01 August 2008

When Bureaucracies Fail

Recently, I suggested that bureaucracies and collaboration are mutually exclusive because of the basic premise upon which bureaucracy is built:
Bureaucracy, theoretically, is built on the assumption that it represents the ideal flow of information through a structure that is specifically engineered for competence, rationality, objectivity, and legitimacy – the right information being provided by the right people to the right place at the right time. Any given person, simply by virtue of occupying their office (by which I mean their legitimized role, function, station, or location) in a bureaucracy is socialized to believe that if they have sufficient information such that no gaps are apparent, then they necessarily have complete information upon which to act.
And when they don't have complete information, but think they do, what we have is the clich├ęd failure to communicate. A case in point has just occurred right here in the City of Toronto, where it is no surprise, I suppose, that today's Star reports:
It's a classic case of the city's right hand not knowing what the left hand is doing. Toronto hotelier George Friedmann is locked in a legal dispute with Toronto's real estate department over rent arrears on the city-owned St. Patrick Market on Queen St. W., near John St. At the same time, the city's Exhibition Place has given Friedmann and another caterer a multi-million-dollar contract to provide services at the Allstream conference centre that's to open next year in the former Automotive Building.

It begs the question [Side rant: No, it doesn't beg the question. I wish people, and especially reporters and editors, would get this right!] : Shouldn't somebody check if a company has other dealings with the city, particularly if there's a dispute? Apparently not. And lack of interdepartmental communication is nothing new.
Accurate and timely information flow works perfectly in a bureaucracy if and only if all instances of required information are anticipated beforehand, together with their respective requirements for information confluence in time and place. This, of course, is all but impossible, especially in a complex and complicated organization like a big city. Let's face it: when information bureaucracies were all the rage - say, about two hundred years ago, process and procedure things were a little more straight-forward. But even when bureaucratic management was effectively codified into the 20th century management lexicon by Max Weber, it remained problematic, especially in large organizations.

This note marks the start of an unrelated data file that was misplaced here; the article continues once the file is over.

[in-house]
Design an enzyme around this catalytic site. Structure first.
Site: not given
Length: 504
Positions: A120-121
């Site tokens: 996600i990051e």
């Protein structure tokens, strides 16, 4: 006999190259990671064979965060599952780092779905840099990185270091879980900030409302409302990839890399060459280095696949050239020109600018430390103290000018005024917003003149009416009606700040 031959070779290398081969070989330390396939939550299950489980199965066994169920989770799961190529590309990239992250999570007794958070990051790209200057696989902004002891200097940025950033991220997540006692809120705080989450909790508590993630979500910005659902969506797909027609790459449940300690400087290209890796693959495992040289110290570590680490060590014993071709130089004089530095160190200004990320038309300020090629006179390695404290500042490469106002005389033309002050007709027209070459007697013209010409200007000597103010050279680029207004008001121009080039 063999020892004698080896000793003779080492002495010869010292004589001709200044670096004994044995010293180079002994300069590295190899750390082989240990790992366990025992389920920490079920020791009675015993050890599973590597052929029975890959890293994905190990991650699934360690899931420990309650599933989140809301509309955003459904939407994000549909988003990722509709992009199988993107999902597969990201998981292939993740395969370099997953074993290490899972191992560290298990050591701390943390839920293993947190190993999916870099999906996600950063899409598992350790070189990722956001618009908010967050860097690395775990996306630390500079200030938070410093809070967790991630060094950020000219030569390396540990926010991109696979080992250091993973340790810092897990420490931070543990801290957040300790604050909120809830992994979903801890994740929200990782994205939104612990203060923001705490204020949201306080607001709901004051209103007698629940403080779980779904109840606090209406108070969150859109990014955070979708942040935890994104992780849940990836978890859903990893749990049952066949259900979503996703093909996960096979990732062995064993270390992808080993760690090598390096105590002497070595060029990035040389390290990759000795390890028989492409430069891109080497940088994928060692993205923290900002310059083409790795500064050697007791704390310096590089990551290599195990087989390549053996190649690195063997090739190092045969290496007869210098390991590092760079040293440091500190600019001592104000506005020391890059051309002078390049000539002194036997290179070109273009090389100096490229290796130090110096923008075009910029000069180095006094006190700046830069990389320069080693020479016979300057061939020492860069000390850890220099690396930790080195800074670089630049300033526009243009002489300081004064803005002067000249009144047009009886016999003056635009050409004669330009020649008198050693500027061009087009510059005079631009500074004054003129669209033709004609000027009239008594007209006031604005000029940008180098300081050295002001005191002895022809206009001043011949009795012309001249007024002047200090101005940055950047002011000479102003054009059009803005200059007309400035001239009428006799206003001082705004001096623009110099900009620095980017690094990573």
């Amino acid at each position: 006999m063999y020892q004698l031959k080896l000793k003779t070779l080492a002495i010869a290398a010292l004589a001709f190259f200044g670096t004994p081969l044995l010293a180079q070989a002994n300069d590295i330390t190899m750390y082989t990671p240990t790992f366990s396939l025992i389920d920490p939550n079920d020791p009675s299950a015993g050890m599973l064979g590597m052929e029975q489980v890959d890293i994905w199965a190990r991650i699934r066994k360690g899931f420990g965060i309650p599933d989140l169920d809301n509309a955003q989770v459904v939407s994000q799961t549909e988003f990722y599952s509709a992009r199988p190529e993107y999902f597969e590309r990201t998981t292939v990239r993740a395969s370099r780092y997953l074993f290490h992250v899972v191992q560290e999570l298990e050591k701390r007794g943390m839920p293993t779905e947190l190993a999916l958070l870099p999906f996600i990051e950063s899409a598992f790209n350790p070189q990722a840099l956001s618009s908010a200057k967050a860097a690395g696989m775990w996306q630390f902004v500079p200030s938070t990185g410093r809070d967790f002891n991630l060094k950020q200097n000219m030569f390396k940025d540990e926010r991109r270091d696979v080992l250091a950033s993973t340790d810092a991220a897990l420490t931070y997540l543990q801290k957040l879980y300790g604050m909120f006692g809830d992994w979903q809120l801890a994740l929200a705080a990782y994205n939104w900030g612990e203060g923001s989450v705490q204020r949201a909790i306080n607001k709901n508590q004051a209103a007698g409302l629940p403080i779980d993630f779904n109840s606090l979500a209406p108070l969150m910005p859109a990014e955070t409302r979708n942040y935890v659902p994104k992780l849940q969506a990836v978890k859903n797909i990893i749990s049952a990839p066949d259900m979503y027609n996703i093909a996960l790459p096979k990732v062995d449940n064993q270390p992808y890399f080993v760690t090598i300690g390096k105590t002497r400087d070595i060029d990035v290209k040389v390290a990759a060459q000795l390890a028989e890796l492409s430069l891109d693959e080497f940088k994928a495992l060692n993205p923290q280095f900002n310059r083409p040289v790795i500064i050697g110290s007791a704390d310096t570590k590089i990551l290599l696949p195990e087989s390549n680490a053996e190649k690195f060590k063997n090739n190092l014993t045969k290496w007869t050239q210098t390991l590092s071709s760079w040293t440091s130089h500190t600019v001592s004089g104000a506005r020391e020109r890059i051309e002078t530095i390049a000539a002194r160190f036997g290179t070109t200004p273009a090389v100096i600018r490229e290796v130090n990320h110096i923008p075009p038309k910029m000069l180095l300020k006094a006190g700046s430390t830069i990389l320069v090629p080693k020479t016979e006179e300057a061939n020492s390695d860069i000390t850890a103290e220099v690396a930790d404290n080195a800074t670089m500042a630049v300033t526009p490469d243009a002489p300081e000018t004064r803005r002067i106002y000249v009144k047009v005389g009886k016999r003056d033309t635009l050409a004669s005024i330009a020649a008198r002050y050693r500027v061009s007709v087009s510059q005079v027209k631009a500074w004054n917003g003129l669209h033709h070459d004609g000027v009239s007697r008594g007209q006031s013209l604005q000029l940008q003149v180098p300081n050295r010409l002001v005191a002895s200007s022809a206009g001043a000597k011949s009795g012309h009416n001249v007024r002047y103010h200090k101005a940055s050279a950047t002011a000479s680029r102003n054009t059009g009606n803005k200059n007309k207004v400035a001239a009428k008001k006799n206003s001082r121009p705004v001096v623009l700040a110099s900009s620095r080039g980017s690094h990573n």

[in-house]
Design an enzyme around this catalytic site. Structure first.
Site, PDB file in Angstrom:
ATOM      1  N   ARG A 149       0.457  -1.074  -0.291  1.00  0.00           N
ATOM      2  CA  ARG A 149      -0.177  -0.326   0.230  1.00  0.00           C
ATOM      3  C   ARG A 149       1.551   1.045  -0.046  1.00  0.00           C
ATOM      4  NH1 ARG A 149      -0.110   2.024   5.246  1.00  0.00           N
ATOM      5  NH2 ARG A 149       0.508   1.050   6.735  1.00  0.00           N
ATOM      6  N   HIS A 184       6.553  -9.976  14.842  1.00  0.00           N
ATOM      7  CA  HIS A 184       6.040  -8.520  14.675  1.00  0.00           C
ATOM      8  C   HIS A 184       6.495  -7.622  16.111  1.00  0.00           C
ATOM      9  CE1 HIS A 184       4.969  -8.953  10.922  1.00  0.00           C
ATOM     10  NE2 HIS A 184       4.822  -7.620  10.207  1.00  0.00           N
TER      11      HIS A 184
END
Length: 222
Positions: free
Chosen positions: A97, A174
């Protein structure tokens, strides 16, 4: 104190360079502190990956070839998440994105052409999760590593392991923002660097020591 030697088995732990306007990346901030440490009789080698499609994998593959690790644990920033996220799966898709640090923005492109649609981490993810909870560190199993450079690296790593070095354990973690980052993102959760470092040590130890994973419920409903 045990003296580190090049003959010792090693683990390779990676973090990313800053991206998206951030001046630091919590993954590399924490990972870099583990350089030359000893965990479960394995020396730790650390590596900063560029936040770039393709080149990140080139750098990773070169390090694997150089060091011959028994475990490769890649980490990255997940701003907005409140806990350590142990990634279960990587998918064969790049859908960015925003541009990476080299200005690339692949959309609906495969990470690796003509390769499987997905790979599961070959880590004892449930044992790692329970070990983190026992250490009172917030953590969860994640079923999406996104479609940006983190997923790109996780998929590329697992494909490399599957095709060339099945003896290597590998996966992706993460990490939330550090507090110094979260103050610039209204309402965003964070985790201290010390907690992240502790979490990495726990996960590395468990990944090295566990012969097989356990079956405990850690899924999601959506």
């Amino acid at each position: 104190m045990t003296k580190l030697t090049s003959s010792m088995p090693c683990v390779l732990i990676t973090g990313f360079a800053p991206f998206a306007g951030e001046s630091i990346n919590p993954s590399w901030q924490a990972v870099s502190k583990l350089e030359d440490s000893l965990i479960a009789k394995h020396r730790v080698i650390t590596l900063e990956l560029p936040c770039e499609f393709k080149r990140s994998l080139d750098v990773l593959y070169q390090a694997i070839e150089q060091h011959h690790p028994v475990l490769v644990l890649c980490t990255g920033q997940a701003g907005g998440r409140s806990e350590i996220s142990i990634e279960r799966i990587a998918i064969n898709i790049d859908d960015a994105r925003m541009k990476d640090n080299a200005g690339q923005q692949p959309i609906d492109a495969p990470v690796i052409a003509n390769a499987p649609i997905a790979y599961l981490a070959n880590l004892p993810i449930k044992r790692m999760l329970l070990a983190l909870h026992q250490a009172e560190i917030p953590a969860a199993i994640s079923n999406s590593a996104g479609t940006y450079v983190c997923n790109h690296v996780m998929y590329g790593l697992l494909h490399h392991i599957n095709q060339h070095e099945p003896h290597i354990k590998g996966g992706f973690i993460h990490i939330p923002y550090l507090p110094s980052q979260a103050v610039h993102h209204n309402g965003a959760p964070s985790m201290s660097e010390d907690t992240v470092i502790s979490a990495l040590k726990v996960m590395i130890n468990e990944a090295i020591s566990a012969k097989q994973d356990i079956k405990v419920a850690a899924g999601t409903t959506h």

As regular readers might guess, I'm moved to wonder how a Valence Theory conception might possibly address this short-coming, even in an organization that chooses to remain solidly rooted in BAH-ness. After all, I am suggesting that Valence Theory of Organization can account for both BAH and UCaPP organizations, providing a wider range of guidance and options for decision-making in all types of organizations.

In this case of Right Hand v. Left Hand in the Matter of City Real Estate, the approach of the purposeful organization is to accomplish the objective of ensuring that, "we should know when somebody is not up to date with the city. These types of things should be co-ordinated," according the Councillor Mike Del Grande. In a Valence Theory conception of organization, the important information would have to do with the nature and strengths of the various relationship connections that exist - Economic, Socio-Psychological (which I'm considering changing to affective), Identity, Knowledge, and Ecological - among the organization's members. By focusing on the natures of the relationships among particular members of the valence organization, rather than on attempting to anticipate all possible procedural missteps in accordance with the principle of minimizing human judgement, there may be a better opportunity to catch such operational faux pas.

I am not an information architect, so it's not my place to propose a data structure that could appropriately accommodate the richness of mapping valence relationships in complex organizations. Perhaps David Weinberger's assertion that Everything is Miscellaneous, or Derrick de Kerckhove's contention that we are in the Era of the Tag, can provide guidance to those who would put some of these ideas into operation. Nonetheless, it is incidents such as this one in Toronto that demonstrate that we are at the limits of bureaucracy's effectiveness, even as its underlying assumptions are repeatedly challenged.

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